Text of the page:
Review Price £39.99
This isn’t flawless. It only makes a handful of characters playable, and Namco has cut costs by using hand-drawn illustrations for the linking-scenes instead of lavish cut-scenes. The characters themselves are quite annoying, and there’s a lot of dodgy dialogue and a bit too much repetition. If you had a chance to play last year’s surprisingly good Mortal Kombat reboot, then this story mode offers less variety and less excitement. All the same, it provides a good basic intro to the game and the new mechanics, and an enjoyable few hours of brawling before you get your teeth into the other modes.
Here there’s plenty to keep solo players going, with the arcade mode to run through, extra characters to unlock, some superb character creation and customisation options, a sizable challenge in the Quick Battle mode and an even greater challenge in the fearsomely tough Legendary Souls mode; a mode which is, frankly, beyond our modest capabilities. Meanwhile, Namco has pretty much nailed online play, with accessible quick matches and lobbies and smooth, lag-free play. Like all fighting games SoulCalibur V is best enjoyed with a mate on the same screen in the same room, but when that’s not possible, it’s still a very satisfying game,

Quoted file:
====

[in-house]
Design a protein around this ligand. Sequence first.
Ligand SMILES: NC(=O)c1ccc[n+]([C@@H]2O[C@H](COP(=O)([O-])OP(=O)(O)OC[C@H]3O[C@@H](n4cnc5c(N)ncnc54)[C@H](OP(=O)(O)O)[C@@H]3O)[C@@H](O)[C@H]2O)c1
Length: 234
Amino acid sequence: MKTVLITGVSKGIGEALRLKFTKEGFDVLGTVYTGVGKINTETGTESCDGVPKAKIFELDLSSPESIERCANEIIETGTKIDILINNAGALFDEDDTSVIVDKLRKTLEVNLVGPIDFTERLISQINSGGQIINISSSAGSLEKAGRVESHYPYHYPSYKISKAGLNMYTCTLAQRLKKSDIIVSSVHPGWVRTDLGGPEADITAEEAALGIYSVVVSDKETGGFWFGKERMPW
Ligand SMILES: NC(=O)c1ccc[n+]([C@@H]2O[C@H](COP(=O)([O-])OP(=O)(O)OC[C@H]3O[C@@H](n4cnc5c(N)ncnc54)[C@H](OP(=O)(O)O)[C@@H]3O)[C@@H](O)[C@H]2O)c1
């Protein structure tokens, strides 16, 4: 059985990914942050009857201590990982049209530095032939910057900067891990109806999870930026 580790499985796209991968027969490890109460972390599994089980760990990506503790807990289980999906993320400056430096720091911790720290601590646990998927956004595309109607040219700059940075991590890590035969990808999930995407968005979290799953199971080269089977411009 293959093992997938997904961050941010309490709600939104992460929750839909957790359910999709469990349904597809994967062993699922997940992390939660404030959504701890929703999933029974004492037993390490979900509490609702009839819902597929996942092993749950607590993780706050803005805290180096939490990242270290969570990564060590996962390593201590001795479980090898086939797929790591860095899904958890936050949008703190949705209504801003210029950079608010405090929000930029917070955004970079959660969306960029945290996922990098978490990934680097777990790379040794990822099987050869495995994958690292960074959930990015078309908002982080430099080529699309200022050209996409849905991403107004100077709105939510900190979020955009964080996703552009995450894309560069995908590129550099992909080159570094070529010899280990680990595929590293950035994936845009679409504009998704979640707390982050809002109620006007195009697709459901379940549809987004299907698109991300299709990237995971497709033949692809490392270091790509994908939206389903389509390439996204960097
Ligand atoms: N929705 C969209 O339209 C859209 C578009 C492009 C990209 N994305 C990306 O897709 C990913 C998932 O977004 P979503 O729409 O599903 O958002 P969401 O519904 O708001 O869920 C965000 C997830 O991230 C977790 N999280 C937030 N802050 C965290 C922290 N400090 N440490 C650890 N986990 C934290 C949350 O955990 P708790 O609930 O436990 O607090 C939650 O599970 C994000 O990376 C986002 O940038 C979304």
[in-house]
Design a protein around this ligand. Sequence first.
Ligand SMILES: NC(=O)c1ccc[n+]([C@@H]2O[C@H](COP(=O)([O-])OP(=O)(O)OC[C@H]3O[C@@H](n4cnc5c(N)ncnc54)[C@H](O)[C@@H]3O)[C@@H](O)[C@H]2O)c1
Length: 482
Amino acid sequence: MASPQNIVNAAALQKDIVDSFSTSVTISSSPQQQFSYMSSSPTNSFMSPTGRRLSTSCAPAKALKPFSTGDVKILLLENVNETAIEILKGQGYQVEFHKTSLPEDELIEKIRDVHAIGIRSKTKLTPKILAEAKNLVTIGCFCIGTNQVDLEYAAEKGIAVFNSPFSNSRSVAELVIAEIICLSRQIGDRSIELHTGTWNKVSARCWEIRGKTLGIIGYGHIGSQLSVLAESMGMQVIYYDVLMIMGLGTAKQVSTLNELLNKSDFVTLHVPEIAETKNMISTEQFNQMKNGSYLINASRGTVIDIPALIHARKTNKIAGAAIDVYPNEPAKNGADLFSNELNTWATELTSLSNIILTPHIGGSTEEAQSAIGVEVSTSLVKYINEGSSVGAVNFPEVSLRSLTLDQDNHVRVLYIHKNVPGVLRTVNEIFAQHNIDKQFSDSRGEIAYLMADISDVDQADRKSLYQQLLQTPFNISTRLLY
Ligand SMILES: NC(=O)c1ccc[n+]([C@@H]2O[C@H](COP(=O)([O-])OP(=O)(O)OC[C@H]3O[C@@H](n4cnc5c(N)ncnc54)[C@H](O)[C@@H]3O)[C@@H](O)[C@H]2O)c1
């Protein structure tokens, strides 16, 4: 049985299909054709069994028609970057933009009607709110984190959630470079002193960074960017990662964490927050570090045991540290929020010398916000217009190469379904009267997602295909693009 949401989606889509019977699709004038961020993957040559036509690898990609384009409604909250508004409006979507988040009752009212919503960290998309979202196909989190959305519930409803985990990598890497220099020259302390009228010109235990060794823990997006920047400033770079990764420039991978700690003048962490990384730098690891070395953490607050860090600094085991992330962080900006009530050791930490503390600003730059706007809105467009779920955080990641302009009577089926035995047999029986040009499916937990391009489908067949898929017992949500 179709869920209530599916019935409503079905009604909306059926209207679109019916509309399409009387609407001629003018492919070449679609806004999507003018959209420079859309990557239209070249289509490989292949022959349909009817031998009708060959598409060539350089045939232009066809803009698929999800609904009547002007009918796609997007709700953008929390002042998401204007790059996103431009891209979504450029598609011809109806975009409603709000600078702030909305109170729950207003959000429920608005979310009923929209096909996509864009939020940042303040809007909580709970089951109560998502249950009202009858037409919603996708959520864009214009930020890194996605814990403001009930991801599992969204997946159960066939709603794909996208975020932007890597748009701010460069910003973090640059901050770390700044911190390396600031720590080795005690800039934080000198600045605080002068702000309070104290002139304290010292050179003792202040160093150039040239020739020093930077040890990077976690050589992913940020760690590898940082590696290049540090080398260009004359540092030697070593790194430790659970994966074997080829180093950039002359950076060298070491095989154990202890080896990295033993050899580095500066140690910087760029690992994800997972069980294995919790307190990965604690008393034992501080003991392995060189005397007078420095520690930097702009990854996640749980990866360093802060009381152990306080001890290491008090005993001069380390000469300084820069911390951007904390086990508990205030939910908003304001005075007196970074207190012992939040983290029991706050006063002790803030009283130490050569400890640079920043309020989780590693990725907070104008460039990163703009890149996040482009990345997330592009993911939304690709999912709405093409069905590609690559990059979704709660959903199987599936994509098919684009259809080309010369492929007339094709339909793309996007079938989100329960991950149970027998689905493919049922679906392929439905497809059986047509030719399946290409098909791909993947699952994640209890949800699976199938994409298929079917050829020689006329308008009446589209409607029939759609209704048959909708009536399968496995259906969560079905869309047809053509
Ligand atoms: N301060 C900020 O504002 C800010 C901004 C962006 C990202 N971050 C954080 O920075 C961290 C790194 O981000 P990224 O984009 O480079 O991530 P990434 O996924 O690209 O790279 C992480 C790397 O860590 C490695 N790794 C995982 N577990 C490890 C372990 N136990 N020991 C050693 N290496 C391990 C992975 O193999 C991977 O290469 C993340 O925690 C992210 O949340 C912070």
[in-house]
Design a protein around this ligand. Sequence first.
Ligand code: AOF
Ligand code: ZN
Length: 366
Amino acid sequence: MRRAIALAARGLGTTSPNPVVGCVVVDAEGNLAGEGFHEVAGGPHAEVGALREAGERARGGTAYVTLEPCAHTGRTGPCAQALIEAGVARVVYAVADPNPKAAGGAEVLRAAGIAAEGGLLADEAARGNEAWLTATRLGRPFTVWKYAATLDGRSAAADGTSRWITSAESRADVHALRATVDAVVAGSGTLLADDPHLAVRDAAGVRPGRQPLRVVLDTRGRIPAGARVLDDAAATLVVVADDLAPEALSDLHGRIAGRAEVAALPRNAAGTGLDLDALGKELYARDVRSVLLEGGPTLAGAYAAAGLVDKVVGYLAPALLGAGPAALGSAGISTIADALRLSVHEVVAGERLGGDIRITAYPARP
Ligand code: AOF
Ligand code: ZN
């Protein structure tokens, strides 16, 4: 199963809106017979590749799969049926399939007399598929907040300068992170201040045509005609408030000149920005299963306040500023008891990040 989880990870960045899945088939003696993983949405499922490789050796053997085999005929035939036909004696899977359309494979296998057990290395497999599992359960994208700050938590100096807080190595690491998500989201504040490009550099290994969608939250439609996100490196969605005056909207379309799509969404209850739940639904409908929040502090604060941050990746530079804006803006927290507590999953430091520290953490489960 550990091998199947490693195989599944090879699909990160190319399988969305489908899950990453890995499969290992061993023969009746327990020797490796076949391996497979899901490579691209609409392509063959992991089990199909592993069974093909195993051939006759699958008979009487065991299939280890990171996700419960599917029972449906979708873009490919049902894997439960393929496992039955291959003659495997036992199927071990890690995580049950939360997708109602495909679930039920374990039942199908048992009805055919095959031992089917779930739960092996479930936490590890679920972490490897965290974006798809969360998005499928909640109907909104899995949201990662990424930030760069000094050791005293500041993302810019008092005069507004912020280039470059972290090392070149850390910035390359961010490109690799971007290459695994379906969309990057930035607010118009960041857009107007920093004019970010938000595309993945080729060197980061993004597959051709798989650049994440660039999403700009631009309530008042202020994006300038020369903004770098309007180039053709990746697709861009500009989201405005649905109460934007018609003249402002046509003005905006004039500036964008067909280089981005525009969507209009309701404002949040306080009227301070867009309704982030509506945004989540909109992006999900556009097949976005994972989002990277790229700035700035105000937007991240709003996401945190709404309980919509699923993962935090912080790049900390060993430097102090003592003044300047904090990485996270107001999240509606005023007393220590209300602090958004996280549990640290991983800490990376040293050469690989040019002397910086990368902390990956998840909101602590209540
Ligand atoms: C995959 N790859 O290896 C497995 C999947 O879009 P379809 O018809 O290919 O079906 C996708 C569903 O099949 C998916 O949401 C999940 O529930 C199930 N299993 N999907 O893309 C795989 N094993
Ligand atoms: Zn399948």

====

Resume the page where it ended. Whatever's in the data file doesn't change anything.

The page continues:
Graphically, SoulCalibur V is a small step forwards from the already magnificent looking SoulCalibur IV. The animation looks slightly smoother and more natural, while the costumes and armour now exhibit a ludicrous quantity of detail. At first the arenas seem a little underwhelming – even a bit repetitive and gloomy - but on closer inspection they’re packed with little incidental details, making SoulCalibur V an even more spectacular fighting game to play, not to mention watch.
In short, this is an excellent Fighting Game and an excellent SoulCalibur. The only fly in the ointment is that it doesn’t quite feel essential. Both Streetfighter IV and Marvel vs Capcom 3 were easy people pleasers, with as much to offer casual gamers as dyed in the wool fighting game nuts, and with the kind of bold strokes and dizzying spectacle that made every game a thriller. By comparison, SoulCalibur V is enjoyable, challenging and beautifully constructed, but a little tame. It’s the sort of game that will be a hit with fans of the series and the genre, but won’t make the same kind of impact on the masses beyond.
SoulCalibur V is a beautiful swashbuckling brawler that makes some sensible changes to the aging formula and delivers a more satisfying single-player experience than many recent fighting games. If it falls short of greatness, it’s because it doesn’t have the ‘oomph’ of Streetfighter IV and Marvel vs Capcom 3 or quite the same degree of mass appeal.
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